Maggie Nabil Nassif has lived her life between cultures—or rather, at the intersection of cultures. Born in Egypt, she attended an Irish Catholic School in Cairo, where she began to learn English in kindergarten before a formal study of her native Arabic. In her teens, an exchange program took her from her conservative Catholic, girls-only, uniformed school and placed her in a U.S. public high school in Oregon with a cornucopia of extracurricular activities. “The exchange program’s slogan is ‘turning places into faces,’ ” remembers Nassif, who has kept in touch with her Oregon host family for more than thirty years. “You make this personal connection, and it is a life-changing experience.”
Back in Egypt, Nassif studied English literature at Cairo University, then comparative literature at the American University in Cairo. She also received a PhD from Cairo University in postcolonial theory and an MBA from Arkansas State University. She has taught literature, women’s studies, and business culture at a wide spectrum of schools—from community colleges to Ivy League universities—in the United States and Egypt. Nassif’s research interest is in the intersection of pop culture, women’s issues, material culture, and consumerism.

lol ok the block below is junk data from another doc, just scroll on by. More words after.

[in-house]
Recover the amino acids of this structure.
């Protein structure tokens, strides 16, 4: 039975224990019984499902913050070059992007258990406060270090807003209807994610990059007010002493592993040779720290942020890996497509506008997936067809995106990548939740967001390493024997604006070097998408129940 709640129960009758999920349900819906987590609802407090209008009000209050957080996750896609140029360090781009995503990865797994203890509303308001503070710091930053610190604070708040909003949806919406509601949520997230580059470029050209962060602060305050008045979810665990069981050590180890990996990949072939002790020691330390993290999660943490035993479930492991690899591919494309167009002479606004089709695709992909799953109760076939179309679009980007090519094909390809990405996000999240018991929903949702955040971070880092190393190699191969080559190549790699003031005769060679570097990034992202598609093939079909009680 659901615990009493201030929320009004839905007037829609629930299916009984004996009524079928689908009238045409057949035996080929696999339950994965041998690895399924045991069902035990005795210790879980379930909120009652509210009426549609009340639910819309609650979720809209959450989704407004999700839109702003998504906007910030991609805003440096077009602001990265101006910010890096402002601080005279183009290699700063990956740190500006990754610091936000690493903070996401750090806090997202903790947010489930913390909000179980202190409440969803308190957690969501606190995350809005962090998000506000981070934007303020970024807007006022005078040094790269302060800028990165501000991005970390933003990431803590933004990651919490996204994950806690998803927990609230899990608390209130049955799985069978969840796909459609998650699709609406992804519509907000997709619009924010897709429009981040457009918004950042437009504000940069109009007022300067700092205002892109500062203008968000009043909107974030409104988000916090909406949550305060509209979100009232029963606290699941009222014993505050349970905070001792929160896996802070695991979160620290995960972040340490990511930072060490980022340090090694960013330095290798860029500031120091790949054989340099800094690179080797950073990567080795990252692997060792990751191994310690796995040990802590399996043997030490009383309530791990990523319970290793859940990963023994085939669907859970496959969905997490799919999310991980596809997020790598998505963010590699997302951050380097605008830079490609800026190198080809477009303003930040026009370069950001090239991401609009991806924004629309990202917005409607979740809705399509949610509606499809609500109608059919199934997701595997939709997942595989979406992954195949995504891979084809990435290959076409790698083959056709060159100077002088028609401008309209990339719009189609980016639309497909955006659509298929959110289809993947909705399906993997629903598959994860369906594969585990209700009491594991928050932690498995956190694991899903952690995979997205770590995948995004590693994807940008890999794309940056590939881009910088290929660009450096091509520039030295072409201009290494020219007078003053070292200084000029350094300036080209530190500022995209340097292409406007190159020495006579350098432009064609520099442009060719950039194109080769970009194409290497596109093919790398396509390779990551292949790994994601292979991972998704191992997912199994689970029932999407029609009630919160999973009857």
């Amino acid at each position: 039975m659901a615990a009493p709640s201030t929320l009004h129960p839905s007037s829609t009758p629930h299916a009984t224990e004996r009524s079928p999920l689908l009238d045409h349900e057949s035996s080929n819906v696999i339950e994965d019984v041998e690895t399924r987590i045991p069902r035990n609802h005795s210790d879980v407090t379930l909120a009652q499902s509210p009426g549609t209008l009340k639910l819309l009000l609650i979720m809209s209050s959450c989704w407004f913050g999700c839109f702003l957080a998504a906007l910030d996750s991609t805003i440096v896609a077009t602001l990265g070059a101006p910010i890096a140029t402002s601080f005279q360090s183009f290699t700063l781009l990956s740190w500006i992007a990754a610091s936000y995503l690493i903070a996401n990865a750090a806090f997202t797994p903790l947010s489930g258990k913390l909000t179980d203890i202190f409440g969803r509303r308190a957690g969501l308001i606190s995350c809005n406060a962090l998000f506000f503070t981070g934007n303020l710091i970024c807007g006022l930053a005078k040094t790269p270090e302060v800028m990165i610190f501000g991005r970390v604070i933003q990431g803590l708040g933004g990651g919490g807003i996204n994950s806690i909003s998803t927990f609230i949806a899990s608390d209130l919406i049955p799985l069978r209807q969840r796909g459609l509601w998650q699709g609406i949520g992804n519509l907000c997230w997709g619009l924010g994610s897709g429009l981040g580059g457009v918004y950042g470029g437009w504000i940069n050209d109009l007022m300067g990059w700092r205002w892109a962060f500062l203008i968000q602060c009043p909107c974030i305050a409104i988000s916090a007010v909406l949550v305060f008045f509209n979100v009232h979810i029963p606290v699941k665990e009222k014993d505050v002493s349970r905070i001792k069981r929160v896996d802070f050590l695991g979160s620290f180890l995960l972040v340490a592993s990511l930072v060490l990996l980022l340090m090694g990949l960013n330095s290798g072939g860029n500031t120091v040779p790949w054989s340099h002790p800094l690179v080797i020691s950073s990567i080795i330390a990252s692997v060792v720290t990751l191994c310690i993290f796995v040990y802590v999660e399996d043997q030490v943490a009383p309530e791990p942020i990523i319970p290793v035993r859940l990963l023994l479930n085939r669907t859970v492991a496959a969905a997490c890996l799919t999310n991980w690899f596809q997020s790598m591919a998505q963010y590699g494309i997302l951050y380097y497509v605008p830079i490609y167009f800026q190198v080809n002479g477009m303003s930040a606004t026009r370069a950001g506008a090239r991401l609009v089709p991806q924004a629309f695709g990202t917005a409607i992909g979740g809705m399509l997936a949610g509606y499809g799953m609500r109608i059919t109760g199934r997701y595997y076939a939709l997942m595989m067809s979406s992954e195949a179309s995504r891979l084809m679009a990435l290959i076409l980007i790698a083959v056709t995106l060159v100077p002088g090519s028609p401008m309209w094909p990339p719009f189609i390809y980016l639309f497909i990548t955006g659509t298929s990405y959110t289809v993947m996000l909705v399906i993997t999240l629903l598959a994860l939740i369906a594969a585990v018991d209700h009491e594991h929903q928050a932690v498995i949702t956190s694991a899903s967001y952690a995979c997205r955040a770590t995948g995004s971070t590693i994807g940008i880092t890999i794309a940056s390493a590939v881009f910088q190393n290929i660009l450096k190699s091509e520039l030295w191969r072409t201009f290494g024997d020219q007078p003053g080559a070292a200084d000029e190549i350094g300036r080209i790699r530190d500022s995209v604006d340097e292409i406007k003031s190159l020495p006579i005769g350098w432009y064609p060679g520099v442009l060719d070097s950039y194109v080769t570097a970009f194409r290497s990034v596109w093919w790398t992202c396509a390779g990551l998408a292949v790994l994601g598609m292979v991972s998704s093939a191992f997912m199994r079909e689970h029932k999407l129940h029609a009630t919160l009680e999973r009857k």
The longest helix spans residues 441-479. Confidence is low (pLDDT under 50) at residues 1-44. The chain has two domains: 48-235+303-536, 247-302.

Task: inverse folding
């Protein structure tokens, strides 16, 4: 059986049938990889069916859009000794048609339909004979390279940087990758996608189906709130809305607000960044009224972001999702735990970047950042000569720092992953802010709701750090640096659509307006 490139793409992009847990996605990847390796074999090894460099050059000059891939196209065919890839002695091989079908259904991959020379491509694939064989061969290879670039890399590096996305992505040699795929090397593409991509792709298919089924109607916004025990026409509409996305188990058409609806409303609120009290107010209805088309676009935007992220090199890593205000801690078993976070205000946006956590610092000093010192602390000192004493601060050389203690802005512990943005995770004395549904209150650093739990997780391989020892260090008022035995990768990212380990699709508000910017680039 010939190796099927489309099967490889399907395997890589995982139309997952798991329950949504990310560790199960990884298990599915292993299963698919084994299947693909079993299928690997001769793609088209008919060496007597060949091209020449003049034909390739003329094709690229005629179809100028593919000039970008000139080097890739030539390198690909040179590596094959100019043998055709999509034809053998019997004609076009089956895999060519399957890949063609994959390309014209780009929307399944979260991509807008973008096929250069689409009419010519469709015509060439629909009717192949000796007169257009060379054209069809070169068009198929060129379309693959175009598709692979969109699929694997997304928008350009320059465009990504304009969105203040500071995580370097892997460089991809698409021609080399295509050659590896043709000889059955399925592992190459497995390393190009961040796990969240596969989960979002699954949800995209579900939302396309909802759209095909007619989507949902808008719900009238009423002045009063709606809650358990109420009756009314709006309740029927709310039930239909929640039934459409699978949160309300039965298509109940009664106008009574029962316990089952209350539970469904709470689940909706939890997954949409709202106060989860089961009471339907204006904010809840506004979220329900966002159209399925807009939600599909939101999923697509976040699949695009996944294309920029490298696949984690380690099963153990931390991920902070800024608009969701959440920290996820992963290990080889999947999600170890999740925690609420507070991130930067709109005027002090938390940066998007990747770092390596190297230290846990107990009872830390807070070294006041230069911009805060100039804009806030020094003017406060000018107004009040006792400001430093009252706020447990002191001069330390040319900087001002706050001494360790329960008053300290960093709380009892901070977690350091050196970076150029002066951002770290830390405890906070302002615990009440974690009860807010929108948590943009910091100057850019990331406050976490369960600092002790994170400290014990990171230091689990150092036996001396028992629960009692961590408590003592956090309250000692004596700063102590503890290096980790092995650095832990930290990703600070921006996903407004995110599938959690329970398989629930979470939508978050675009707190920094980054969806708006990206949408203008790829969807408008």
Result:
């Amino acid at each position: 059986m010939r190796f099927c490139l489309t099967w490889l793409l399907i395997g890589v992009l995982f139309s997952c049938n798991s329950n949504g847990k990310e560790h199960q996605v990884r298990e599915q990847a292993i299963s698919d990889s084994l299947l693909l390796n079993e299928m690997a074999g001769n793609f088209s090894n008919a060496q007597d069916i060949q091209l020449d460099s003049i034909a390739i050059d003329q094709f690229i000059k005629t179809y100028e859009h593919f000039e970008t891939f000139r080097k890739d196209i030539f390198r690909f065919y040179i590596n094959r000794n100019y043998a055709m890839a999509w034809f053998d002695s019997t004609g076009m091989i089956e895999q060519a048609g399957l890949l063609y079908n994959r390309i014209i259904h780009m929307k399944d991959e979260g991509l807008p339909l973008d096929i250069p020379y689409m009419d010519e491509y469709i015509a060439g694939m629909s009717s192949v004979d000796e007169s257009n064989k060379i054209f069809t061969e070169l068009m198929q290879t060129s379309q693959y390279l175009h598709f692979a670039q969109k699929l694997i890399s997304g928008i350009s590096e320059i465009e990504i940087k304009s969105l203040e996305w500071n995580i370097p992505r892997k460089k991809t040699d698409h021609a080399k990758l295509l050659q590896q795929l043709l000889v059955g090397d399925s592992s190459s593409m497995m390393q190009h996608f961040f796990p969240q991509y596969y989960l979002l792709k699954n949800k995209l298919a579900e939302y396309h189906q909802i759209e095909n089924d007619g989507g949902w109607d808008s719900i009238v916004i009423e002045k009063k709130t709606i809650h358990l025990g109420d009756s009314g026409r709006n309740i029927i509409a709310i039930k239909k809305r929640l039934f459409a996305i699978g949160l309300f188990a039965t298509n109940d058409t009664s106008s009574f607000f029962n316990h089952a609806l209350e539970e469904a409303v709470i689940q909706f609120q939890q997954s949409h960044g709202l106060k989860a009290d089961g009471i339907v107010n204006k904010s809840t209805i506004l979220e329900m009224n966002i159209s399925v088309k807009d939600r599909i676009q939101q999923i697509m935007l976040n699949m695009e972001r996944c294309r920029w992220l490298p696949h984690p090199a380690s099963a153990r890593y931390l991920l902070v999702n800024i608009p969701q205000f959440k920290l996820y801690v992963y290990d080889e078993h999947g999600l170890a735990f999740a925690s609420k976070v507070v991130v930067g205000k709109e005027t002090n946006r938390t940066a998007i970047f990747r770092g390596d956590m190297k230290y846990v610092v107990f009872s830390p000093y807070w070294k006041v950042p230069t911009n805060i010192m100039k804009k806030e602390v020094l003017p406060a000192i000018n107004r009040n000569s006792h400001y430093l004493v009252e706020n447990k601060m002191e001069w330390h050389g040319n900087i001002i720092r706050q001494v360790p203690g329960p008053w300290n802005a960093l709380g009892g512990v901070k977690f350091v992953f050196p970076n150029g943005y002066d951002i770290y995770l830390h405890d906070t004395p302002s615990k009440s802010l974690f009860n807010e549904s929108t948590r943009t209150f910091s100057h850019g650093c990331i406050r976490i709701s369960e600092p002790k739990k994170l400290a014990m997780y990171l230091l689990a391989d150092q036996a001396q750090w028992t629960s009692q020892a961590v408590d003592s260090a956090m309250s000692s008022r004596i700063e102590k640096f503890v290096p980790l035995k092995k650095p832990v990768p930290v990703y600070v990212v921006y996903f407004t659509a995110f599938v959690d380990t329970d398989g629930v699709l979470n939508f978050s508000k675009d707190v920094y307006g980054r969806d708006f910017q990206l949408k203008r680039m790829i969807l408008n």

Seven years ago Nassif came to BYU to help manage the National Middle East Language Resource Center (NMELRC). Headquartered at BYU and funded by the U.S. government, the NMELRC involves language experts at universities across the United States; together they work to improve the teaching and learning of key Middle Eastern languages.
Nassif’s siblings have also spread internationally: her two sisters are in Utah, and her three brothers are in Cairo, Dubai, and Cape Town. But Egypt, where her parents and many relatives live, remains the family’s gravitational center, and she visits at least once a year. “We are still very much connected to Cairo,” she says.